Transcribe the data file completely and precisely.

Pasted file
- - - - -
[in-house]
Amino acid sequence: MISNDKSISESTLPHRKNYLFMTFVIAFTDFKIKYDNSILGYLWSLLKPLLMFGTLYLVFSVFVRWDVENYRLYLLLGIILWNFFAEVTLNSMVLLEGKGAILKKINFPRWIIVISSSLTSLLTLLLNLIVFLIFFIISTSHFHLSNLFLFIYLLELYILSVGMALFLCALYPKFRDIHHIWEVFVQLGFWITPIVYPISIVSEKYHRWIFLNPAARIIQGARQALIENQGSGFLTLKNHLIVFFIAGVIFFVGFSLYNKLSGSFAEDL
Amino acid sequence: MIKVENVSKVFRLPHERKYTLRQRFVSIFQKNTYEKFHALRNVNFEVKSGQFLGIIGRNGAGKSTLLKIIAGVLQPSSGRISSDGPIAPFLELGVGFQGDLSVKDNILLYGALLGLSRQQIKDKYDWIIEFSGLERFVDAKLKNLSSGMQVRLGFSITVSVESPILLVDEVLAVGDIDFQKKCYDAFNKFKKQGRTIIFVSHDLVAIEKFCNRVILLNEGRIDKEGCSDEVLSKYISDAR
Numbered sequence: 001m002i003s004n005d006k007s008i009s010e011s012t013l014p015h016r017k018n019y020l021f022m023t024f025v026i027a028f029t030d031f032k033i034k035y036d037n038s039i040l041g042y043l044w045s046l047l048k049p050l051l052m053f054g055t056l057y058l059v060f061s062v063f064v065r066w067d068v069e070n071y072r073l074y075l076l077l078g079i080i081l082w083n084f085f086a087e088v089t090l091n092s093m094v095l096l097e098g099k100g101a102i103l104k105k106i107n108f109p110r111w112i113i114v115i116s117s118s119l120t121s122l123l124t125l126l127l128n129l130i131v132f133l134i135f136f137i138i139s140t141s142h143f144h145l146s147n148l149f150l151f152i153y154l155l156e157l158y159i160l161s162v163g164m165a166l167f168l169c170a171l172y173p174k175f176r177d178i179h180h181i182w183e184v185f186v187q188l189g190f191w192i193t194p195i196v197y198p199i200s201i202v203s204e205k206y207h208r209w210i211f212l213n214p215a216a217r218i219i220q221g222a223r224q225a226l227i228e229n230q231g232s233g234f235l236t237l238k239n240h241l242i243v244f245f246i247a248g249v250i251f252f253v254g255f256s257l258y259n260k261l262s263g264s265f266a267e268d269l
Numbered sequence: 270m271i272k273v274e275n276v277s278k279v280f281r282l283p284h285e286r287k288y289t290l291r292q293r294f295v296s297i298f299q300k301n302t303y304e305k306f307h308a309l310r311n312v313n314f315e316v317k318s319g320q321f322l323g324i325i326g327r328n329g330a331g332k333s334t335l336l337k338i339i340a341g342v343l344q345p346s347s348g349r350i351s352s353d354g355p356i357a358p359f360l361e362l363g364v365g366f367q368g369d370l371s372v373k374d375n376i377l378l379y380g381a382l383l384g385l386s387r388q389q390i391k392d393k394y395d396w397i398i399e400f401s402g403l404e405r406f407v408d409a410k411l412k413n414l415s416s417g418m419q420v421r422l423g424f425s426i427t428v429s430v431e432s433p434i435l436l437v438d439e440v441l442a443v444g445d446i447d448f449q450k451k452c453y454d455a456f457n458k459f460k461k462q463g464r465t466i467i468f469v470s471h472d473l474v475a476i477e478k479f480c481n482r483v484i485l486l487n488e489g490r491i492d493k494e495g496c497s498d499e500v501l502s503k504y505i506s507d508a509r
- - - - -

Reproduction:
[in-house]
Amino acid sequence: MISNDKSISESTLPHRKNYLFMTFVIAFTDFKIKYDNSILGYLWSLLKPLLMFGTLYLVFSVFVRWDVENYRLYLLLGIILWNFFAEVTLNSMVLLEGKGAILKKINFPRWIIVISSSLTSLLTLLLNLIVFLIFFIISTSHFHLSNLFLFIYLLELYILSVGMALFLCALYPKFRDIHHIWEVFVQLGFWITPIVYPISIVSEKYHRWIFLNPAARIIQGARQALIENQGSGFLTLKNHLIVFFIAGVIFFVGFSLYNKLSGSFAEDL
Amino acid sequence: MIKVENVSKVFRLPHERKYTLRQRFVSIFQKNTYEKFHALRNVNFEVKSGQFLGIIGRNGAGKSTLLKIIAGVLQPSSGRISSDGPIAPFLELGVGFQGDLSVKDNILLYGALLGLSRQQIKDKYDWIIEFSGLERFVDAKLKNLSSGMQVRLGFSITVSVESPILLVDEVLAVGDIDFQKKCYDAFNKFKKQGRTIIFVSHDLVAIEKFCNRVILLNEGRIDKEGCSDEVLSKYISDAR
Numbered sequence: 001m002i003s004n005d006k007s008i009s010e011s012t013l014p015h016r017k018n019y020l021f022m023t024f025v026i027a028f029t030d031f032k033i034k035y036d037n038s039i040l041g042y043l044w045s046l047l048k049p050l051l052m053f054g055t056l057y058l059v060f061s062v063f064v065r066w067d068v069e070n071y072r073l074y075l076l077l078g079i080i081l082w083n084f085f086a087e088v089t090l091n092s093m094v095l096l097e098g099k100g101a102i103l104k105k106i107n108f109p110r111w112i113i114v115i116s117s118s119l120t121s122l123l124t125l126l127l128n129l130i131v132f133l134i135f136f137i138i139s140t141s142h143f144h145l146s147n148l149f150l151f152i153y154l155l156e157l158y159i160l161s162v163g164m165a166l167f168l169c170a171l172y173p174k175f176r177d178i179h180h181i182w183e184v185f186v187q188l189g190f191w192i193t194p195i196v197y198p199i200s201i202v203s204e205k206y207h208r209w210i211f212l213n214p215a216a217r218i219i220q221g222a223r224q225a226l227i228e229n230q231g232s233g234f235l236t237l238k239n240h241l242i243v244f245f246i247a248g249v250i251f252f253v254g255f256s257l258y259n260k261l262s263g264s265f266a267e268d269l
Numbered sequence: 270m271i272k273v274e275n276v277s278k279v280f281r282l283p284h285e286r287k288y289t290l291r292q293r294f295v296s297i298f299q300k301n302t303y304e305k306f307h308a309l310r311n312v313n314f315e316v317k318s319g320q321f322l323g324i325i326g327r328n329g330a331g332k333s334t335l336l337k338i339i340a341g342v343l344q345p346s347s348g349r350i351s352s353d354g355p356i357a358p359f360l361e362l363g364v365g366f367q368g369d370l371s372v373k374d375n376i377l378l379y380g381a382l383l384g385l386s387r388q389q390i391k392d393k394y395d396w397i398i399e400f401s402g403l404e405r406f407v408d409a410k411l412k413n414l415s416s417g418m419q420v421r422l423g424f425s426i427t428v429s430v431e432s433p434i435l436l437v438d439e440v441l442a443v444g445d446i447d448f449q450k451k452c453y454d455a456f457n458k459f460k461k462q463g464r465t466i467i468f469v470s471h472d473l474v475a476i477e478k479f480c481n482r483v484i485l486l487n488e489g490r491i492d493k494e495g496c497s498d499e500v501l502s503k504y505i506s507d508a509r